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Beware of fly-by-night online auctions

New companies are emerging, using social media marketing to encourage buyers to bid or make offers on goods, and buyers can be duped into participating in a sale process or so-called auction that is not transparent, legal or safe.

Lockdown restrictions have led to an unprecedented migration to online auctions as a means of selling anything, from property and cars to office furniture and household goods.

New companies are emerging, using social media marketing to encourage buyers to bid or make offers on goods, and buyers can be duped into participating in a sale process or so-called auction that is not transparent, legal or safe.

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Fraud a concern for customers

As a result, the South African Institute of Auctioneers (SAIA) has noticed an uptick in complaints levelled at fly-by-night auctioneers who do not fulfil their obligations to deliver goods or choose to provide alternative goods that are not what the customers bid for.

There have also been reports of problems associated with the refunding of deposits where these are required.

“Unfortunately, it is only when problems arise that the bidder realises they are dealing with unprofessional sellers purporting to be bona fide auctioneers, and this should send a clear signal to the public to only deal with professional, registered auctioneers who are members of SAIA. Before committing to a purchase on a so-called auction site, a simple check on the SAIA webpage will dispel any concerns you may have. Our members have remained resilient in the face of the virus and are among the leaders in online auctioneering,” said SAIA chairperson John Cowing.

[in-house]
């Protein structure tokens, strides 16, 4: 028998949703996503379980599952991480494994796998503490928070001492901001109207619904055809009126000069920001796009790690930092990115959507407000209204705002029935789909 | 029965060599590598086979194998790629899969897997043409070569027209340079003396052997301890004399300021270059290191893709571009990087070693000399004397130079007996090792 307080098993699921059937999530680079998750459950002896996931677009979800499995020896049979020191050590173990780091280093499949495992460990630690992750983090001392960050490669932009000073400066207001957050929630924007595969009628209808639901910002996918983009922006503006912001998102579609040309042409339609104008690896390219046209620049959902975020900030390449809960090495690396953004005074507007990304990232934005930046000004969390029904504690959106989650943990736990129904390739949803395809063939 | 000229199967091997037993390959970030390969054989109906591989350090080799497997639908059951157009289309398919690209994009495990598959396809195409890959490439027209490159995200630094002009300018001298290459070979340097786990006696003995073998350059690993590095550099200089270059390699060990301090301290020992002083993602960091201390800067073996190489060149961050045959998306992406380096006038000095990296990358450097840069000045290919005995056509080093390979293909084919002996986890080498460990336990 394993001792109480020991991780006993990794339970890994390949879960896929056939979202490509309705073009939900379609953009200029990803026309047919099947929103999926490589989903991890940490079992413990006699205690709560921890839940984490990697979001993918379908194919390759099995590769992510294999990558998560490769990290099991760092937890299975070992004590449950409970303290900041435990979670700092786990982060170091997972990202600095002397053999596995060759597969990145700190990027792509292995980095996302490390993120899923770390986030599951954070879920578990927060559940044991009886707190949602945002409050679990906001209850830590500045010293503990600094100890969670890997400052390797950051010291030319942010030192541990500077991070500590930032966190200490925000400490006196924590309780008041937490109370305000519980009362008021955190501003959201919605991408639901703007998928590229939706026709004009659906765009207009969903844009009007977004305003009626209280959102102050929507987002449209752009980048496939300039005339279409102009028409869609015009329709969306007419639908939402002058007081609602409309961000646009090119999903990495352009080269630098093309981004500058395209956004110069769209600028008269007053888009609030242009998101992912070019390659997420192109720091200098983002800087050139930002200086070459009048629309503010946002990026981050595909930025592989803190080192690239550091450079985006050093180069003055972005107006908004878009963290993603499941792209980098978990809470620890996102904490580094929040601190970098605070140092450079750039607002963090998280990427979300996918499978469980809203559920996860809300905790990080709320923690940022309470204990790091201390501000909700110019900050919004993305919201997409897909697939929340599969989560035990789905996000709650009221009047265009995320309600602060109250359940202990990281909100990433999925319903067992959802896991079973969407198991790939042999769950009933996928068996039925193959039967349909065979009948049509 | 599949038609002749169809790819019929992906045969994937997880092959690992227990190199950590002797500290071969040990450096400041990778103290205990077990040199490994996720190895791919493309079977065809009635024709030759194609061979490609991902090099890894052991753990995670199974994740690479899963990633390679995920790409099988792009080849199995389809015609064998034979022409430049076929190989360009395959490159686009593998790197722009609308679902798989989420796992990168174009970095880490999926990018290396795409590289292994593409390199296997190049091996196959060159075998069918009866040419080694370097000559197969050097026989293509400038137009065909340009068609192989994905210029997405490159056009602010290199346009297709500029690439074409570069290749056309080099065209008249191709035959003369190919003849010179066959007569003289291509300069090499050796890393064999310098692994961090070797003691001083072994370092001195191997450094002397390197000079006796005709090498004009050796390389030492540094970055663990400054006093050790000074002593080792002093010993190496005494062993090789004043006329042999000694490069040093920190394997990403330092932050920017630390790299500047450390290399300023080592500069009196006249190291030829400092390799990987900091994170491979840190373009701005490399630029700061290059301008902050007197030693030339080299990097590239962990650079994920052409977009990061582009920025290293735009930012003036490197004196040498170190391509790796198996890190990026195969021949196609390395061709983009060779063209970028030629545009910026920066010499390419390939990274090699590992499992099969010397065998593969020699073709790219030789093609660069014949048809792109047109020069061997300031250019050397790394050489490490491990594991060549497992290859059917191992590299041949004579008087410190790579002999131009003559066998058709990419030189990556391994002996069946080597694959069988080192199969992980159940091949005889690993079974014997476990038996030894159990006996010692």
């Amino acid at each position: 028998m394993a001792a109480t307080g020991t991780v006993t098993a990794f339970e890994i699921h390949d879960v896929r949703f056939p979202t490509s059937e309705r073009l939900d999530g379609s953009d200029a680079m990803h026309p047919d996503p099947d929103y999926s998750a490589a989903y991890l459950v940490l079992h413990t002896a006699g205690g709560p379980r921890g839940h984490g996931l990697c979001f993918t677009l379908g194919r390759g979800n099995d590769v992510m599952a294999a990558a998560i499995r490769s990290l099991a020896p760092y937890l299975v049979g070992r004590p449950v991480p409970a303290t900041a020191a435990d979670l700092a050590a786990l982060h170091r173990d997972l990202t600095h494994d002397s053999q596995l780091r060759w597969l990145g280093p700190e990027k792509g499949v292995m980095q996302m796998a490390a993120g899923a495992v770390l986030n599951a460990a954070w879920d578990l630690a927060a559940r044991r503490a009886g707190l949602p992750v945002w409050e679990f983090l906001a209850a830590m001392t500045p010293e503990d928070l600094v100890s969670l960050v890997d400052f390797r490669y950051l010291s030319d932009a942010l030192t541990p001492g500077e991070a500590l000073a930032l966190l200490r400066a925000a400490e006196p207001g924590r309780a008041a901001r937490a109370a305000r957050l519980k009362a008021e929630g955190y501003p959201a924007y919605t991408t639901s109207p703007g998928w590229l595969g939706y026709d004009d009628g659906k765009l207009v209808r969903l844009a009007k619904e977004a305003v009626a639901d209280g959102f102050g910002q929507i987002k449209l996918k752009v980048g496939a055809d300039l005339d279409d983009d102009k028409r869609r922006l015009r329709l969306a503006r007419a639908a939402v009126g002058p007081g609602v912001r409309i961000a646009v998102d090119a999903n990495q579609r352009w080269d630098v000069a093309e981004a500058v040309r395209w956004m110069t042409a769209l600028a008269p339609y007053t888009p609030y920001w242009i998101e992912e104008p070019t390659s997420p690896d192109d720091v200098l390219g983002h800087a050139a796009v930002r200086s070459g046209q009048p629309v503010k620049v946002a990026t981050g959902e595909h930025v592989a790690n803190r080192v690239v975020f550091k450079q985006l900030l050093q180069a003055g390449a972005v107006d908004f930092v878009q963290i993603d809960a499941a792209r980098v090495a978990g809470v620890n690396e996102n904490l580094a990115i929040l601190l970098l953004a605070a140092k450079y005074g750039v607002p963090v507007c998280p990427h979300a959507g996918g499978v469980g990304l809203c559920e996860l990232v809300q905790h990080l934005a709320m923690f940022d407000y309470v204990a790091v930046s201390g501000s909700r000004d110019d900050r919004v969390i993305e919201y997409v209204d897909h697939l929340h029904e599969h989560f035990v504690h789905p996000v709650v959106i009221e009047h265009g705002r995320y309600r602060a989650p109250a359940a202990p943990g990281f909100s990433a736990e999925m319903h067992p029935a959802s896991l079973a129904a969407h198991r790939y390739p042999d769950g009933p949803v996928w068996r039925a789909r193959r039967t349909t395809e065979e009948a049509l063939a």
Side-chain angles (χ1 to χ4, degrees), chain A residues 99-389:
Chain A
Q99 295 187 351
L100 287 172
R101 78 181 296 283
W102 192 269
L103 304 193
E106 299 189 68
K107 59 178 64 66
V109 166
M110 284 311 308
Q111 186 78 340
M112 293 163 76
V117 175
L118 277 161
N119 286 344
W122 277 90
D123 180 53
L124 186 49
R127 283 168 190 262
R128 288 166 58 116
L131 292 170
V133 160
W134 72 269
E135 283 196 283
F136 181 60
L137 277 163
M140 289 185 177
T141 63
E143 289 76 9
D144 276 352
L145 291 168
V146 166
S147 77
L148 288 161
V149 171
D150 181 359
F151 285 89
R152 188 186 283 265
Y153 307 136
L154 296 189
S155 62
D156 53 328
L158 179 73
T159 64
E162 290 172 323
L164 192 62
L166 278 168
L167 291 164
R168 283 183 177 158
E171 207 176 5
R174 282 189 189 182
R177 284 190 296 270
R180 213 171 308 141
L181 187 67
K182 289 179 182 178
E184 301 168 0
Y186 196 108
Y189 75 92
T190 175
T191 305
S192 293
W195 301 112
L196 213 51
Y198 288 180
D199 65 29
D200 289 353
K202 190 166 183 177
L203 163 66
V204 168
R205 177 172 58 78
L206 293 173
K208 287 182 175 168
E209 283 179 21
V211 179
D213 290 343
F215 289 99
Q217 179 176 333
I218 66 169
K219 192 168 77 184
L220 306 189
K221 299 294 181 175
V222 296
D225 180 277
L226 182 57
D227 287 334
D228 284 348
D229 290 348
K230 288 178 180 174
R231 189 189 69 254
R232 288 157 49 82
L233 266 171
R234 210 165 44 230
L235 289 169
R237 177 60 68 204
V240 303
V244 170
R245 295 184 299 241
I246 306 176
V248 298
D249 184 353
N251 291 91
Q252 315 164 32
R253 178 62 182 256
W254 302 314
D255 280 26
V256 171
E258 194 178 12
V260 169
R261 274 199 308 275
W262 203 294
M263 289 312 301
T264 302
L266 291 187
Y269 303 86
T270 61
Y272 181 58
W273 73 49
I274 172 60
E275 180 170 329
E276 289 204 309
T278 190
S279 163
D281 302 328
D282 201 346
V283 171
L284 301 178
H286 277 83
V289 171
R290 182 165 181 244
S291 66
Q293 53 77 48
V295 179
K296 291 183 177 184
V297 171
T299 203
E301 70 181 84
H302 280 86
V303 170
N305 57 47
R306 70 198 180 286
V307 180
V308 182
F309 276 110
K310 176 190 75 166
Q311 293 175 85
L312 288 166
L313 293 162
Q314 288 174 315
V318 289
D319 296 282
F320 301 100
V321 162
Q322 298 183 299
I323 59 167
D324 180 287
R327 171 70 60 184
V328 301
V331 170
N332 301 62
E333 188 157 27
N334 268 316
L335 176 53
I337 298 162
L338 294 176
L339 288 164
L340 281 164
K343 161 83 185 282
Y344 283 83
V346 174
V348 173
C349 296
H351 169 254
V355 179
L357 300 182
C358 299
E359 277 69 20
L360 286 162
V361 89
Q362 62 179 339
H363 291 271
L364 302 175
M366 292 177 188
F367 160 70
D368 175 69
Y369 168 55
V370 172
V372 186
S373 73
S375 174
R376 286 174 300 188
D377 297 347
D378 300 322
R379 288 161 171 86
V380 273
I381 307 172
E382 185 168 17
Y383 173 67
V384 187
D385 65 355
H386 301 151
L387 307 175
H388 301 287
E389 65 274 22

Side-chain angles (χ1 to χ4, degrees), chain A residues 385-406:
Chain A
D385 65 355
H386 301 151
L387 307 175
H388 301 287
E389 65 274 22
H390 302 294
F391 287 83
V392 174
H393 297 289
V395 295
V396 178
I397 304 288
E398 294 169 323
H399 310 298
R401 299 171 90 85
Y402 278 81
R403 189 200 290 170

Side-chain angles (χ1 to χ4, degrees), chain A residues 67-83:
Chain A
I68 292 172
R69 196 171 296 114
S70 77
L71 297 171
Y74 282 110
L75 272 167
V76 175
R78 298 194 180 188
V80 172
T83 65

He added that the institute’s members comply with all legal requirements to ensure honest and fair auctions.
Most will display their membership credentials on their website, which can be verified by our office if the bidder has any doubt.

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“Our members are responsible custodians of assets who prescribe to our code of conduct.

“You are well advised to establish who you are dealing with before parting with your money.

“These auctions are putting a strain on our industry and we hope in time with legislation we will be able to eradicate these illicit traders.

“While we actively promote the growth of the industry and the uptake of new technologies, we do not support these organised crime syndicates.

“You can often find bargains at auctions, but put simply: if it sounds too good to be true, it probably isn’t true.

“It also pays to visit the institute’s website (www.auctioneering.co.za) to explore member offerings or phone the hotline on 021 813 6342 or WhatsApp 067 117 7049 with any queries,” concluded John.

Contact Sonja Styger, SAIA secretary, on 021 813 6342, fax 086 660 5276 or at sonja.styger@auctioneering.co.za

   

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